Is User Experience Standing in the Way of Success in CyberSecurity Companies?

Cyber security product development and user experience are sometimes at odds, but they shouldn’t be. In developing a security product, the focus is often concentrated on perfecting the code on the back-end over the customer experience on the front end. But prioritizing code over the user could mean a company is managing the development process poorly.

Putting code before user experience can lead to product adoption challenges, higher failure rates, and customer abandonment of the platform – and ultimately a loss in revenue. To avoid losing money later, companies need to consider the user experience from the start.

Focusing on user experience means integrating all aspects of a software product, from branding to design, and usability to function, to make the front-end user experience transparent and intuitive. Here are four things UX and Cyber Security experts say you should consider:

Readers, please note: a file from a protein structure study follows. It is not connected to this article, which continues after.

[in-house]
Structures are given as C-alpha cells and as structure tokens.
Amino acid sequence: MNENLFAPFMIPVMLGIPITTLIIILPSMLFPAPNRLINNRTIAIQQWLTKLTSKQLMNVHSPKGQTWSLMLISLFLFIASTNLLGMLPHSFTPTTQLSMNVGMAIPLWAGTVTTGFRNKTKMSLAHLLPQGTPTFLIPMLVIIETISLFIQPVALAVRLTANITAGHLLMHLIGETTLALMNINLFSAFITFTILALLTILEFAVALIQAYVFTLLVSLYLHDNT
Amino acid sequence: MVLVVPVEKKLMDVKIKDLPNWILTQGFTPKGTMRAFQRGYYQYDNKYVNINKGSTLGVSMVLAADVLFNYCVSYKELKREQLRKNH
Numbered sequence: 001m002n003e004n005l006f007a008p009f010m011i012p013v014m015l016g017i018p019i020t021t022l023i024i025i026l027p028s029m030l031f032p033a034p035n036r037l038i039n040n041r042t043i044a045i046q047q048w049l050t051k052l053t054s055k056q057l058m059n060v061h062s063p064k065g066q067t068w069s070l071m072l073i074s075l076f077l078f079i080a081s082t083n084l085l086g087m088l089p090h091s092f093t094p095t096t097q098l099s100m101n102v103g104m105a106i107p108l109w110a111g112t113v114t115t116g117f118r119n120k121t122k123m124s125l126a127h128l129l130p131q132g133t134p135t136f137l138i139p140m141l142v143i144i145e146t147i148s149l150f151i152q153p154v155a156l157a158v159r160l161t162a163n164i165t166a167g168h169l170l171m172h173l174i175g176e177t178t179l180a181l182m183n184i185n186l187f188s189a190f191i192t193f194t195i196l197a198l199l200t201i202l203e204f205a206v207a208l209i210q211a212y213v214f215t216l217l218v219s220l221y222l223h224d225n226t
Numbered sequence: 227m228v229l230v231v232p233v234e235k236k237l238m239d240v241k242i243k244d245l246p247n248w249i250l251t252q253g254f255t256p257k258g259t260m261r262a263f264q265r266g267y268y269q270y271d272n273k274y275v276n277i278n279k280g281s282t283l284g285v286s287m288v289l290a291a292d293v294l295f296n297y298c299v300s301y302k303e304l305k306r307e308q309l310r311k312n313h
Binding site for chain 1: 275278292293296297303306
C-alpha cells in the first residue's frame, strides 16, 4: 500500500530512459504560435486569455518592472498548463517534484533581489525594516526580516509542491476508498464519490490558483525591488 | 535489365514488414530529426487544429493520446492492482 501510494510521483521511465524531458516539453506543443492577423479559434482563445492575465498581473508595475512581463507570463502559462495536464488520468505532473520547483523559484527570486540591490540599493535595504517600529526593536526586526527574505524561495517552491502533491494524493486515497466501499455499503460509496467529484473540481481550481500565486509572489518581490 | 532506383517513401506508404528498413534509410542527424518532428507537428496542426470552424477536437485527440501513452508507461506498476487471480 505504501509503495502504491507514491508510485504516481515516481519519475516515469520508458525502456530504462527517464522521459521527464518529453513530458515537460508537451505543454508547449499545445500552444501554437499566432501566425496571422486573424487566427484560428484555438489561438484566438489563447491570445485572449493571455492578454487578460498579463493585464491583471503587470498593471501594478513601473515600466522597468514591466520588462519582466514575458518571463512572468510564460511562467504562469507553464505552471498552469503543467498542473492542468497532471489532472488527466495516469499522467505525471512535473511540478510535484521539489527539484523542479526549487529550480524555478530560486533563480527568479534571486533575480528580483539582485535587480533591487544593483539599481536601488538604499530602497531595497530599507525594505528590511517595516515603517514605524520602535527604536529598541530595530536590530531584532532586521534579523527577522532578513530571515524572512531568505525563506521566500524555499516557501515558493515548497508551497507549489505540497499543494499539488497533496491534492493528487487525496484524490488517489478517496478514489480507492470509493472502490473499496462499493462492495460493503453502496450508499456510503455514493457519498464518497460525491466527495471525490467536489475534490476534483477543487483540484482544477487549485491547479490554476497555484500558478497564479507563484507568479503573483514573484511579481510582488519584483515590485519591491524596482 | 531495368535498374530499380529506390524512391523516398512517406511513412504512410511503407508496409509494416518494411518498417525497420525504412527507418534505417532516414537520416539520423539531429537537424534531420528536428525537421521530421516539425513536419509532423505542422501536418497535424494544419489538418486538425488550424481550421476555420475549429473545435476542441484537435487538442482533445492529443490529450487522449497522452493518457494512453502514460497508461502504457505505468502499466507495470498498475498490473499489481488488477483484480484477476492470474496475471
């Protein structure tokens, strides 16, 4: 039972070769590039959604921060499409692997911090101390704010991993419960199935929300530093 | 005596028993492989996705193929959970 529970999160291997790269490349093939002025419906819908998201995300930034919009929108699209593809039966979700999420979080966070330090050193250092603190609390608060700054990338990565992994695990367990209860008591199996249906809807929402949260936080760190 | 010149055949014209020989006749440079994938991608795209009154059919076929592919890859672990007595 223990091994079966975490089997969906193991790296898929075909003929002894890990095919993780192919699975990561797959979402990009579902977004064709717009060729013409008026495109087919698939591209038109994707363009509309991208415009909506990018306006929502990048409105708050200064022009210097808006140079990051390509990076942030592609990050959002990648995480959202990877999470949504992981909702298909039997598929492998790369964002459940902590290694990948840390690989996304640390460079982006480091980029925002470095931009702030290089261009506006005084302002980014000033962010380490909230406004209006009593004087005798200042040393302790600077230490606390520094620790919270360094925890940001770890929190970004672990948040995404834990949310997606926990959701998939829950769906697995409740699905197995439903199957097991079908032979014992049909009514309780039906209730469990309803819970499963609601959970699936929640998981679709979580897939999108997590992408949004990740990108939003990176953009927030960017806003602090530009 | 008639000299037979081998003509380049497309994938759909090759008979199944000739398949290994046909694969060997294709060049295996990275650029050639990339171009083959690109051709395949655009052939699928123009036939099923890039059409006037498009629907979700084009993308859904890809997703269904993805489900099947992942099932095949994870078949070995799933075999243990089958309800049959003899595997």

1. Onboarding UX enables security from the get-go.

In early 2020, Hypori had a first-class product, a virtual smartphone solution for organizations in healthcare, finance, and government that enabled employees to securely bring and use their own devices (BYOD). The product, however, was challenged by a subpar customer onboarding and usability experience, and it was impacting the company’s ability to scale and make money.

Hypori teamed up with digital product development services partner, 3Pillar Global, to audit their user experience and develop recommendations to create a more seamless onboarding process. The initiative identified opportunities for improvement based on user experience research, which led to crafting a more efficient information architecture, a consistent interaction pattern, and intuitive visual design. “These improvements reduced time-on-task and barriers of entry during product onboarding,” says Kim Mirazimi, Vice President, Technology, 3Pillar Global. “Together, we turned a developer-driven design into a product with significantly increased revenue potential. The result was greater user adoption, which means more secure data and devices.”

  1. Make UX and security two halves of the same development coin.

Businesses are built to serve their customers, but a business without security serves no one. “We need to stop talking about Cyber Security for ROI. It’s about managing a level of risk,” says Sam Curry of Cybereason.”